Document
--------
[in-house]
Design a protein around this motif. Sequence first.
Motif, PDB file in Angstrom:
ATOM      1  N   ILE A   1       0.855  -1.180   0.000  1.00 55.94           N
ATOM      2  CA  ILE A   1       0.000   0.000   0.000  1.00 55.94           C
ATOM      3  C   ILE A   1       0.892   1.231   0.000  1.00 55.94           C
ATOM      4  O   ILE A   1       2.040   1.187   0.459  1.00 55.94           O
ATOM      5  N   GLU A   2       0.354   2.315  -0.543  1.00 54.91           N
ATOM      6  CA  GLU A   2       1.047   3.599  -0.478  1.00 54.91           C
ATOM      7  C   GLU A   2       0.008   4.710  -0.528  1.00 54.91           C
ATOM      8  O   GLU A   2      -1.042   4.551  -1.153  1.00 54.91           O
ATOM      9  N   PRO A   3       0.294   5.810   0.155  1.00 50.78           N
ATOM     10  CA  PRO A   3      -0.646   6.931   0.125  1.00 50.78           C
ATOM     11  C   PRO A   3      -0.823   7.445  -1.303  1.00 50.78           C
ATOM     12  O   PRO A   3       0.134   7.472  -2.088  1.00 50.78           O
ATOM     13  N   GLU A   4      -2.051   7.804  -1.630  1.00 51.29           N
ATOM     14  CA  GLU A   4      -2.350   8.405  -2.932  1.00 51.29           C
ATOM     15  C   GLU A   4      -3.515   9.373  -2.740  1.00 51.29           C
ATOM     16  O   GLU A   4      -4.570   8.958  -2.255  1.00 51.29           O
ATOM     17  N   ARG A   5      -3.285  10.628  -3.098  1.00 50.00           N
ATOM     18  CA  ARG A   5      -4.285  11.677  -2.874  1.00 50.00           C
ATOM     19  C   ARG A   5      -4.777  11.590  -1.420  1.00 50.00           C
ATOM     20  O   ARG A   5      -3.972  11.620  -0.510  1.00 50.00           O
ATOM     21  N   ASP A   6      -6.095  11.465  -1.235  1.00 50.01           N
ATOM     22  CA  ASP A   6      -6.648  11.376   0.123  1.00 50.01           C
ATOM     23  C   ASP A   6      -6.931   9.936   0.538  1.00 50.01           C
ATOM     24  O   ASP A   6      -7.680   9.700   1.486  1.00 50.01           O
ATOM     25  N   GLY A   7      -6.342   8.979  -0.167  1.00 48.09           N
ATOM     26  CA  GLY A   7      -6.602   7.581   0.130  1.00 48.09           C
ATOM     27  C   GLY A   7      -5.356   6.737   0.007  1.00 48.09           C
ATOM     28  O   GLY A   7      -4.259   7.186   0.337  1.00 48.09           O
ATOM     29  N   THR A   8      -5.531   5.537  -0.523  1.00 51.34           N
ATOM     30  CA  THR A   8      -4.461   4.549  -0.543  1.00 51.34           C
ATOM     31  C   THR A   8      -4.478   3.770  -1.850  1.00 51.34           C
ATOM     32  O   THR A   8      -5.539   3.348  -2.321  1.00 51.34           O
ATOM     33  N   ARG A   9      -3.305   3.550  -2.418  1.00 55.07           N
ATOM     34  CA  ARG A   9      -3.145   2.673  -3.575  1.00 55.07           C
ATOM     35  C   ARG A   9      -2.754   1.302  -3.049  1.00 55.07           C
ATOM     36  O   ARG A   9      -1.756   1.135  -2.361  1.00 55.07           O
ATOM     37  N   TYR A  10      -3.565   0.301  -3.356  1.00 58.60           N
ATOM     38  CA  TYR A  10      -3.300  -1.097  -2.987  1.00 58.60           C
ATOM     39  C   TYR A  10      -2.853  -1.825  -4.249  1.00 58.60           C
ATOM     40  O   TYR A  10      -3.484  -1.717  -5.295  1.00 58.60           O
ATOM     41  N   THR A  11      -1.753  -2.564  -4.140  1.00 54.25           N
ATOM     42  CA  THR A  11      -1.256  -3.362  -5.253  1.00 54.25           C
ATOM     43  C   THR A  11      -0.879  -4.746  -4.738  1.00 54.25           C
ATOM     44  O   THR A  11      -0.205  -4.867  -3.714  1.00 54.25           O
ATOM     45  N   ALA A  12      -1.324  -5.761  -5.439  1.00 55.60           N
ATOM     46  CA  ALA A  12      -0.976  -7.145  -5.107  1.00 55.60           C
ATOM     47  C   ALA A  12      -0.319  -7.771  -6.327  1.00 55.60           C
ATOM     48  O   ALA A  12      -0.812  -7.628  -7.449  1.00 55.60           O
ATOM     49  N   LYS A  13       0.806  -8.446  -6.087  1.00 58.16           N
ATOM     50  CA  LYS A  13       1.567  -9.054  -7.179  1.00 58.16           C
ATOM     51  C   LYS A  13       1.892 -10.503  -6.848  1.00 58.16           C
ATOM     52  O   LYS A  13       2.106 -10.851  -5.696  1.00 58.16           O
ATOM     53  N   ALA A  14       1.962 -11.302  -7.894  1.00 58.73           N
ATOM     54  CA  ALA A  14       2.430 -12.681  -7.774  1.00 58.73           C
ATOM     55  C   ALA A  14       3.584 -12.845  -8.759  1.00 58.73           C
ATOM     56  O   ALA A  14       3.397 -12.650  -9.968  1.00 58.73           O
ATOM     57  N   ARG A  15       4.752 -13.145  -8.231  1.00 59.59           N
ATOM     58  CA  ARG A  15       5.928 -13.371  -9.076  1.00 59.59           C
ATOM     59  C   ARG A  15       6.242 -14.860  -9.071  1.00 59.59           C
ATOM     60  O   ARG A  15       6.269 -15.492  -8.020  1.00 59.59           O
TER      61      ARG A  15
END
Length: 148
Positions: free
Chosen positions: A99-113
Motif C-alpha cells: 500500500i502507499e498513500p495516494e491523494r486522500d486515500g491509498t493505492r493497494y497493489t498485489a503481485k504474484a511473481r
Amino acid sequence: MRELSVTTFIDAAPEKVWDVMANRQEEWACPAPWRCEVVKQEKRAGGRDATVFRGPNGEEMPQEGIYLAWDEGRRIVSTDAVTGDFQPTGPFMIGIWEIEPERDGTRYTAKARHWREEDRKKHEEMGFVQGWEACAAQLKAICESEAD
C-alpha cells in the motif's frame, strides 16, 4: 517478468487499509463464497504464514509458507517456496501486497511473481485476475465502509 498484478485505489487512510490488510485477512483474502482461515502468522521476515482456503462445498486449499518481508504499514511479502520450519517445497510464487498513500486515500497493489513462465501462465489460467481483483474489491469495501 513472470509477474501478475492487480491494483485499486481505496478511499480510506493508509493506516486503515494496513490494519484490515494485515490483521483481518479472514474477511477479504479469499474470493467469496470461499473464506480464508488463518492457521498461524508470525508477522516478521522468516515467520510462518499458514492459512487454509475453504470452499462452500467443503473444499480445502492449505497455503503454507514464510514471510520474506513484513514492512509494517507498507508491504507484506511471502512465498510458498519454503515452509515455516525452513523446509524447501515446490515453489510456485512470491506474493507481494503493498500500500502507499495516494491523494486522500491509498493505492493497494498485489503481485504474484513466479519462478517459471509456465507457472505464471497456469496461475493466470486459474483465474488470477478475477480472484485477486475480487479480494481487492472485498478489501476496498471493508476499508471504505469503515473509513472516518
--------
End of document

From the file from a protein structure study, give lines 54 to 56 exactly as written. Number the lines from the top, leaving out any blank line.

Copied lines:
ATOM     51  C   LYS A  13       1.892 -10.503  -6.848  1.00 58.16           C
ATOM     52  O   LYS A  13       2.106 -10.851  -5.696  1.00 58.16           O
ATOM     53  N   ALA A  14       1.962 -11.302  -7.894  1.00 58.73           N